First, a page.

The War Between the Swans and the Peacocks

The War between the Swans and the Peacocks

The Hitopadesha comprises stories divided into four sections: Gaining Friends, Losing Friends, Waging War, and Making Peace. Today’s story, The War between the Swans and Peacocks, is the first in the section Waging War.

As with all children, the three princes looked forward to the story session with their teacher. So, when Vishnusharman walked over to the princes the following morning, he couldn’t help but notice their eagerness.

“Sir! You mentioned that one section of the stories is about settling quarrels. If you don’t mind, can you tell us those stories now? You see, as future kings and warriors, we must learn how to fight wars,” the princes asked enthusiastically.

Vishnusharman smiled to himself. “Ah! My plan is working!” he thought. “The princes are thinking about their future and want to learn more.” He nodded to the boys and said aloud, “Yes, indeed. I will tell you about waging wars.

It all began with the war between the peacocks and swans. The armies of the two kingdoms were matched equally, and it looked like neither would win the war. So, when the crows approached the swans, the waterfowl accepted their friendship, thinking that victory was theirs. Alas! That’s not what happened at all! They had no idea that the crows were in the enemy camp.” Vishnusharman let the silence hang in the air for a few seconds.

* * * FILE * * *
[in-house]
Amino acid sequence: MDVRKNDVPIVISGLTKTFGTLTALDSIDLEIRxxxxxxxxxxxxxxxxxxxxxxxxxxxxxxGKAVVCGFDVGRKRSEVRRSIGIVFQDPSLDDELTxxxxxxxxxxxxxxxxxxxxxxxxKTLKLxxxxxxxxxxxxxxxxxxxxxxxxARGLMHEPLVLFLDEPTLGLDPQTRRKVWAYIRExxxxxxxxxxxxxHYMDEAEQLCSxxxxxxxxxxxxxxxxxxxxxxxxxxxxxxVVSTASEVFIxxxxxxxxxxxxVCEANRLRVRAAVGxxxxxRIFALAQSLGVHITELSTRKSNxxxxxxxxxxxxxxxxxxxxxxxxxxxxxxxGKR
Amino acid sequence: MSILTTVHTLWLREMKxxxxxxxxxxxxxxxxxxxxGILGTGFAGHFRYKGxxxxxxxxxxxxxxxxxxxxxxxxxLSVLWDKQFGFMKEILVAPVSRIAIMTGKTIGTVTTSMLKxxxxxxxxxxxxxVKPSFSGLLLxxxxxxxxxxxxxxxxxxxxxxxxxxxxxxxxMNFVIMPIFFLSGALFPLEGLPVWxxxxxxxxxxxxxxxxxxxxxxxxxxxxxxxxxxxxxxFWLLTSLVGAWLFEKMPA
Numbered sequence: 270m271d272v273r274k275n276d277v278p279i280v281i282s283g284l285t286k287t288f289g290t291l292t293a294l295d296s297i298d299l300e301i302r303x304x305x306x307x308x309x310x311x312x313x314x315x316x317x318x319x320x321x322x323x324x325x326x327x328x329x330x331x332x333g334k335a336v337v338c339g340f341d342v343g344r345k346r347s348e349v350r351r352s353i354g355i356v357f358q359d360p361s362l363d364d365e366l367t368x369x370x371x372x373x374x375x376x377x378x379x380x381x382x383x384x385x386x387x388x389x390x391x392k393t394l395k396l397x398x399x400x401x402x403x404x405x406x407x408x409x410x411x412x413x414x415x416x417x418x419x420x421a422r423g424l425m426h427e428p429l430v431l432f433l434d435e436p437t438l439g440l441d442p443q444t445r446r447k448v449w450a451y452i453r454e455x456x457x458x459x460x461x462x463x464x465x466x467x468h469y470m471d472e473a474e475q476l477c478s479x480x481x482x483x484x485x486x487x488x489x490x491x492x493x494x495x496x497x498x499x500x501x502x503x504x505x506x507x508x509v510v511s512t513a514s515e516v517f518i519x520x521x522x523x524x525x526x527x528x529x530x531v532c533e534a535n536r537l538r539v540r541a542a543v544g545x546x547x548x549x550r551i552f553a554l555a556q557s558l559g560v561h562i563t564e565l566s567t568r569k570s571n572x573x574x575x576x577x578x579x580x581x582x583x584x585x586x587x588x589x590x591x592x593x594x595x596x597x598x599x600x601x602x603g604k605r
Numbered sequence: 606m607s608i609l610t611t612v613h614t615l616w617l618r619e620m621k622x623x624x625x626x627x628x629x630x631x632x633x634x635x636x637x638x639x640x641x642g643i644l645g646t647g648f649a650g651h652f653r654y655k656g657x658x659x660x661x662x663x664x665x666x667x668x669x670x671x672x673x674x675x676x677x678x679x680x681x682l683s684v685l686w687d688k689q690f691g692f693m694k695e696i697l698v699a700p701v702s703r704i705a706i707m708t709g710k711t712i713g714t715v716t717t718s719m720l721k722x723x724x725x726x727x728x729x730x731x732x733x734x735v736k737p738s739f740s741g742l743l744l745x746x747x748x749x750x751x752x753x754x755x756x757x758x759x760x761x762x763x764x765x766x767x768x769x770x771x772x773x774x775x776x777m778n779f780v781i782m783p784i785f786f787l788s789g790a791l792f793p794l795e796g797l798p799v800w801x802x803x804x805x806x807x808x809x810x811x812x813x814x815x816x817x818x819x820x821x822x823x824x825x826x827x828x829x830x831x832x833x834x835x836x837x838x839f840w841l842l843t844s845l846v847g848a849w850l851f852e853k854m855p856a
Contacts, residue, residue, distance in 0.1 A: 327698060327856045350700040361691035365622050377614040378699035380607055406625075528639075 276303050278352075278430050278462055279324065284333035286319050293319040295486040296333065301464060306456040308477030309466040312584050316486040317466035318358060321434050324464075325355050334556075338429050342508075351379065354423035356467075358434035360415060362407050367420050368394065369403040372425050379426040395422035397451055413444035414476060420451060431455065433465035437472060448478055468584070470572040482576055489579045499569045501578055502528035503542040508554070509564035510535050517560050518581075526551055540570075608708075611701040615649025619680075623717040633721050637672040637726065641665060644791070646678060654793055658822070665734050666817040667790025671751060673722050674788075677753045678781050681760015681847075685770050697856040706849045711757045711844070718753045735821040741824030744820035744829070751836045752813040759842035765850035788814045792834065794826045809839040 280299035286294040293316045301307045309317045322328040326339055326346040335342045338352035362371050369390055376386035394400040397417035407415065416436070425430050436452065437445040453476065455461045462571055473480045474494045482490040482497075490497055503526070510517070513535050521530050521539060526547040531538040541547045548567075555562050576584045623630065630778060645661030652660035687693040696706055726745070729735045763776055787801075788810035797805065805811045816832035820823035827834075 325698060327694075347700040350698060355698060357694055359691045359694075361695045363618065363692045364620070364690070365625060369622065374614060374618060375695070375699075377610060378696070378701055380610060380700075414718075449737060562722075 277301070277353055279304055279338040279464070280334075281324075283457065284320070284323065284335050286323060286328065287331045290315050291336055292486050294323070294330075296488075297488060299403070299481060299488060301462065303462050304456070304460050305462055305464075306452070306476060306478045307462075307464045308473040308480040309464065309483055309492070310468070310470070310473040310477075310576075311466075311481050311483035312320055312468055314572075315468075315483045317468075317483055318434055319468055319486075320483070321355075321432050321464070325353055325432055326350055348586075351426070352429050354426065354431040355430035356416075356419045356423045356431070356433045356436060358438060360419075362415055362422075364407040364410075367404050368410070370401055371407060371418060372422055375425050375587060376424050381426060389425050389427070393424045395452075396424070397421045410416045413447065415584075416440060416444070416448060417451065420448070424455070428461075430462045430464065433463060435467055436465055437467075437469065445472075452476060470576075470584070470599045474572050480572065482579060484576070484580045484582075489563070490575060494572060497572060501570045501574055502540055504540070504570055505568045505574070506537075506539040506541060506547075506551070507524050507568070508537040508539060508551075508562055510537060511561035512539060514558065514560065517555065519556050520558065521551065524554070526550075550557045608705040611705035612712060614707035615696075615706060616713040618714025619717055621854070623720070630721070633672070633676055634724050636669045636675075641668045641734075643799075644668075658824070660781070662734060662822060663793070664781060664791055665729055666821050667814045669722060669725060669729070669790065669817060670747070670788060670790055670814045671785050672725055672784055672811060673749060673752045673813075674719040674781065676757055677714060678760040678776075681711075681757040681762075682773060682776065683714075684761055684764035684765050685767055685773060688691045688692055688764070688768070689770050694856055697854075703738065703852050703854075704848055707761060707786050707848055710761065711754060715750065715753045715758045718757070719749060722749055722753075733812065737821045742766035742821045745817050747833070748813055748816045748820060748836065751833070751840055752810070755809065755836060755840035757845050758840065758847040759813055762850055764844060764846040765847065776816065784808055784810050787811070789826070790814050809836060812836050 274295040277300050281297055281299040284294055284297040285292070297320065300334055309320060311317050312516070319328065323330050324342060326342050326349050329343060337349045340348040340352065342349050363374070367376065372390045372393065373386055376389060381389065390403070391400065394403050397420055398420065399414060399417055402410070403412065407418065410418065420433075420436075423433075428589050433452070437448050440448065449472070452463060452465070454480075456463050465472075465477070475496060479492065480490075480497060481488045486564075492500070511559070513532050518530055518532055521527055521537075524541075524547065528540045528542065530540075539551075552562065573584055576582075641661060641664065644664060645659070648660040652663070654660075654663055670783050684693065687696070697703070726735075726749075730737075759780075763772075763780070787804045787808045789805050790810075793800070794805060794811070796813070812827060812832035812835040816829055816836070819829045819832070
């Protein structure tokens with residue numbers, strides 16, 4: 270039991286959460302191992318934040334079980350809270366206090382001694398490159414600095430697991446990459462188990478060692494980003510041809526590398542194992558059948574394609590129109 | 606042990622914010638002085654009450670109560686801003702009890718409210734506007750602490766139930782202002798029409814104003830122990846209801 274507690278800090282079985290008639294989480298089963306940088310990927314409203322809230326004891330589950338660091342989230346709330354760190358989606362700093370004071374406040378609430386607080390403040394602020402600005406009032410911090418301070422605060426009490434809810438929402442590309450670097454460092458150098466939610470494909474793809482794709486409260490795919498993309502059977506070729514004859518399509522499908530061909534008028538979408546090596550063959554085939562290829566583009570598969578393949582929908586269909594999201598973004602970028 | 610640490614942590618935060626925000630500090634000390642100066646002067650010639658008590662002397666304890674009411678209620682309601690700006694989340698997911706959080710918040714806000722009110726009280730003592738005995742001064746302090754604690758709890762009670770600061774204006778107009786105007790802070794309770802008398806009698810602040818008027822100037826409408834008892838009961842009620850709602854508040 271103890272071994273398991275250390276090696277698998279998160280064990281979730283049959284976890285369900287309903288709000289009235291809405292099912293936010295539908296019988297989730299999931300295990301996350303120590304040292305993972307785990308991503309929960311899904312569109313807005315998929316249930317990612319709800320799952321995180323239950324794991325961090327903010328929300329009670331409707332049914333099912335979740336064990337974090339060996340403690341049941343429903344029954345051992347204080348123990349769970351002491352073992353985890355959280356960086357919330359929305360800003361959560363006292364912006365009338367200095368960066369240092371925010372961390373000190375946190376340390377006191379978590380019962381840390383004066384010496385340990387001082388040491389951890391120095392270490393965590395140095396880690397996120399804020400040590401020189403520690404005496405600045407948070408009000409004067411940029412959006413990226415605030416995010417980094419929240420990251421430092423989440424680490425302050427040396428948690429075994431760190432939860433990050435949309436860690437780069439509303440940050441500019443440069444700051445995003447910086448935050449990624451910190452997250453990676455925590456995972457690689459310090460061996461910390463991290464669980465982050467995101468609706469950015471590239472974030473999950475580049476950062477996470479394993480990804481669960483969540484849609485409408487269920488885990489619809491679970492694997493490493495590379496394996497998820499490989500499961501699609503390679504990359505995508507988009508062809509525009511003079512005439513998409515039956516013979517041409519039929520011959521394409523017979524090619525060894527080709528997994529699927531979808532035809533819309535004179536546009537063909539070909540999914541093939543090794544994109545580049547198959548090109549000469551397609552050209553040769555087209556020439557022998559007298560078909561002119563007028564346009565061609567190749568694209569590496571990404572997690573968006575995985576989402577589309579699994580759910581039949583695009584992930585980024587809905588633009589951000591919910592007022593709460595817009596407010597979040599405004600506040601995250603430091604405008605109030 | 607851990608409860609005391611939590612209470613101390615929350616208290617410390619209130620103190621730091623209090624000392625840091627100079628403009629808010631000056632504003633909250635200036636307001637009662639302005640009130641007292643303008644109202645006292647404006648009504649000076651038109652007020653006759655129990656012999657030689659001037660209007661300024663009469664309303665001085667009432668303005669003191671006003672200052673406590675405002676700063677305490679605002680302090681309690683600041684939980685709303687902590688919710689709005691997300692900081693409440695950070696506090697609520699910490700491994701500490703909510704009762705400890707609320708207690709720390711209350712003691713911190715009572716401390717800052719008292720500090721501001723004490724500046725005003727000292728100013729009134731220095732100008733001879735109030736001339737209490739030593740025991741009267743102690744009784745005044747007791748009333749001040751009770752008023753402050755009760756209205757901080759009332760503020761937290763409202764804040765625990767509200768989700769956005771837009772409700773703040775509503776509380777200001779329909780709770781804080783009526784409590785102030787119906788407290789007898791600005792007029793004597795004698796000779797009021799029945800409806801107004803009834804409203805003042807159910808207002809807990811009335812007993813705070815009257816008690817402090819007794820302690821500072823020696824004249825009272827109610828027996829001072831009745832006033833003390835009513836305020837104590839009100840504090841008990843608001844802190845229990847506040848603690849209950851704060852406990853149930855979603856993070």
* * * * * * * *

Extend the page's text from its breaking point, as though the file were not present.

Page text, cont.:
“What! How? Tell us! Tell us!” The princes spoke all at once. 

“This is what happened,” began Vishnusharman.

The War between the Swans and Peacocks.

The island of Karpuradwipa has a large lake filled with lotus blooms. The lake, called Padma-Keli because of the lotus flowers, was the home of the Royal Swan Hiranyagarbha. The council of birds in that region felt strongly about having a leader. “Without a king, we’d be like a boat lost at sea minus the captain! We’ll drift along without any sense of where we’re going or what danger lies ahead! Who wants to live with all that confusion and doubt?” The birds discussed amongst themselves reached an agreement and chose Hiranyagarbha as their king.

The days passed without significant troubles because they were on an island and were cut off from the mainland. Not many people came there. But it was not to last. One day, a crane landed in the water when King Hiranyagarbha was resting with his family among the lotus flowers. The visitor was called Dirghamukha because of his long beak.

The king greeted the crane and called him over to his side. “Hello, Dirghamukha! How are you? It’s been a while since I saw you last. Where have you been? Is everything well with you? What’s going on in the world outside?”

“Your Highness!” The crane lowered his head in respect. “I’m so glad to see you! I’ve brought some news that you must hear. In fact, that’s why I rushed home.”

“Tell me!” Commanded the king.

“Your Highness, I was flying over the Vindhya Mountain, over in Jambudwipa. Chitravarna, the Peacock, rules over the birds in that land. I landed to explore some burned-down grass when a flock of birds came by. They asked me who I was. I told them I worked for you, King Hiranyagarbha of Karpuradwipa. I also said that I like to visit new places.

I suppose my answer made them curious because they asked me which place I liked best. I was shocked! “Ha! Which is better? What kind of a question is that? How can there be any comparison between the two places? Of course, Karpuradwipa wins hands down. Why, it is as good as heaven, and our king, Hiranyagarbha, is another form of Lord Indra himself! One look at it, and you will see what I mean. You know, that’s a good idea! Why don’t you leave this wasteland and come with me to see for yourselves?

I thought the other birds would share my enthusiasm. On the other hand, they looked pretty annoyed, angry even. As I was puzzling over their attitude, it struck me!